Write-Output "Ran into an issue: $PSItem"
}

$PSItem.InvocationInfo

This property contains additional information collected by PowerShell about the function or script where the exception was thrown. Here is the InvocationInfo from the sample exception that I created.

PS:> $PSItem.InvocationInfo | Format-List *

MyCommand             : Get-Resource
BoundParameters       : {}
UnboundArguments      : {}
ScriptLineNumber      : 5
OffsetInLine          : 5
ScriptName            : C:\blog\throwerror.ps1
Line                  :     Get-Resource
PositionMessage       : At C:\blog\throwerror.ps1:5 char:5
                        +     Get-Resource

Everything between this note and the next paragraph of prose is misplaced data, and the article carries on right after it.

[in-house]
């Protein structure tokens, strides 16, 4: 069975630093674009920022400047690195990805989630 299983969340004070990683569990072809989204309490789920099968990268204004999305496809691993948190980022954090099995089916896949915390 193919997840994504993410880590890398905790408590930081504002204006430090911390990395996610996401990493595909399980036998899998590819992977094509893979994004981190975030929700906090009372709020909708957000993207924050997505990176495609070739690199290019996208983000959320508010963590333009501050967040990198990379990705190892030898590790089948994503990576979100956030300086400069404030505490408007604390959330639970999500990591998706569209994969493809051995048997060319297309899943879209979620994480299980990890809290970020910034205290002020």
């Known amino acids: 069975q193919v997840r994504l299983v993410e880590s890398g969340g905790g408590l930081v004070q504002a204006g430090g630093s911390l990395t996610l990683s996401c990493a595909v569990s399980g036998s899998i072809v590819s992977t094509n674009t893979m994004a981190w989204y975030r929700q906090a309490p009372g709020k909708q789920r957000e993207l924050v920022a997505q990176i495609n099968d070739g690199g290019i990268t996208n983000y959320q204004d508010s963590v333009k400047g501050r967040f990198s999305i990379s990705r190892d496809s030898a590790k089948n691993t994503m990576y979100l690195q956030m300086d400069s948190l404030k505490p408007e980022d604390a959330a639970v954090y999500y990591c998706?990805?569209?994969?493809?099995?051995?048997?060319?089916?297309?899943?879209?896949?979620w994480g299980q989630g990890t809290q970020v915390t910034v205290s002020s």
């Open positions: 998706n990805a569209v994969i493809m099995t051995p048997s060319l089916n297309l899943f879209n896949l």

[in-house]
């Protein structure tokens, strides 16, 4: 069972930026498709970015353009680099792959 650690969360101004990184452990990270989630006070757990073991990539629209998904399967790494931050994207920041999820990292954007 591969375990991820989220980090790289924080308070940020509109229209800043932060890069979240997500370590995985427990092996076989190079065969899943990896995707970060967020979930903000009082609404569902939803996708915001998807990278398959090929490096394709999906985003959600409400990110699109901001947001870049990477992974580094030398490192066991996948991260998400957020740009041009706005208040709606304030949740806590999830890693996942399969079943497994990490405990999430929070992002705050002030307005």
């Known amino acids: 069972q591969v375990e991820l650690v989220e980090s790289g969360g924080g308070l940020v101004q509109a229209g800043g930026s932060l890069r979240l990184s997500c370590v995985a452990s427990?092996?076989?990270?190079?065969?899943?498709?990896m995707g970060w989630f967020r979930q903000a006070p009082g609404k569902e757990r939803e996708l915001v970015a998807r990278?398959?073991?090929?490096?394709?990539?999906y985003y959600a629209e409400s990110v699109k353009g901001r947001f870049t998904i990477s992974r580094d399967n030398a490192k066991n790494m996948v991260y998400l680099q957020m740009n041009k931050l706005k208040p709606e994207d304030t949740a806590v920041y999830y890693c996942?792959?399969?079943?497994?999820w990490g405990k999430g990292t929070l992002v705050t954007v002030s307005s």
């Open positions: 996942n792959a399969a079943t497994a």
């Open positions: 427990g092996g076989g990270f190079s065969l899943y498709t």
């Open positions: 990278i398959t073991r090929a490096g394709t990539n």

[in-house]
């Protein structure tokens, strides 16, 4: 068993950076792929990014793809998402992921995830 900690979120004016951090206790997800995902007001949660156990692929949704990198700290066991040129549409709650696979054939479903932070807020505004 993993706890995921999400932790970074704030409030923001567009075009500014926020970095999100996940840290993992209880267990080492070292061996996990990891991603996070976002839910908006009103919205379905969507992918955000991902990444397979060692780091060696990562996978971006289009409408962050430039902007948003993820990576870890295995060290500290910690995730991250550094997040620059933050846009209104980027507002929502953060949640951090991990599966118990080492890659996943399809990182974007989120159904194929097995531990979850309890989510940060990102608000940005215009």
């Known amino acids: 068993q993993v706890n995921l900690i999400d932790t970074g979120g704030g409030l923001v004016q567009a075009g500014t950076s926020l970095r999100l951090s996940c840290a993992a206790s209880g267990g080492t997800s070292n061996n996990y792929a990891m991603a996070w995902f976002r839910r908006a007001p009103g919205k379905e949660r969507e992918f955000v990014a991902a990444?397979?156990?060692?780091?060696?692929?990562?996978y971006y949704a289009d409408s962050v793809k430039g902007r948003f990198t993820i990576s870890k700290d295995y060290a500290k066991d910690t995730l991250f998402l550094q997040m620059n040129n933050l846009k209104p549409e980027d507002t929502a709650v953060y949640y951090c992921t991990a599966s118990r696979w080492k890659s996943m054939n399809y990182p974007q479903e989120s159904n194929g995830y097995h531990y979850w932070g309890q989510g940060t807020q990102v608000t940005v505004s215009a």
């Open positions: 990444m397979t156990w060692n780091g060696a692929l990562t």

+     ~~~~~~~~~~~~
PSScriptRoot          : C:\blog
PSCommandPath         : C:\blog\throwerror.ps1
InvocationName        : Get-Resource

The important details here show the ScriptName, the Line of code and the ScriptLineNumber where the invocation started.

$PSItem.ScriptStackTrace

This property will show the order of function calls that got you to the code where the exception was generated.

PS:> $PSItem.ScriptStackTrace
at Get-Resource, C:\blog\throwerror.ps1: line 13
at Do-Something, C:\blog\throwerror.ps1: line 5
at <ScriptBlock>, C:\blog\throwerror.ps1: line 18

I am only making calls to functions in the same script but this would track the calls if multiple scripts were involved.

$PSItem.Exception

This is the actual exception that was thrown.

$PSItem.Exception.Message

This is the general message that describes the exception and is a good starting point when troubleshooting. Most exceptions have a default message but can also be set to something custom when the exception is thrown.

PS:> $PSItem.Exception.Message

Exception calling "ReadAllText" with "1" argument(s): "The network path was not found."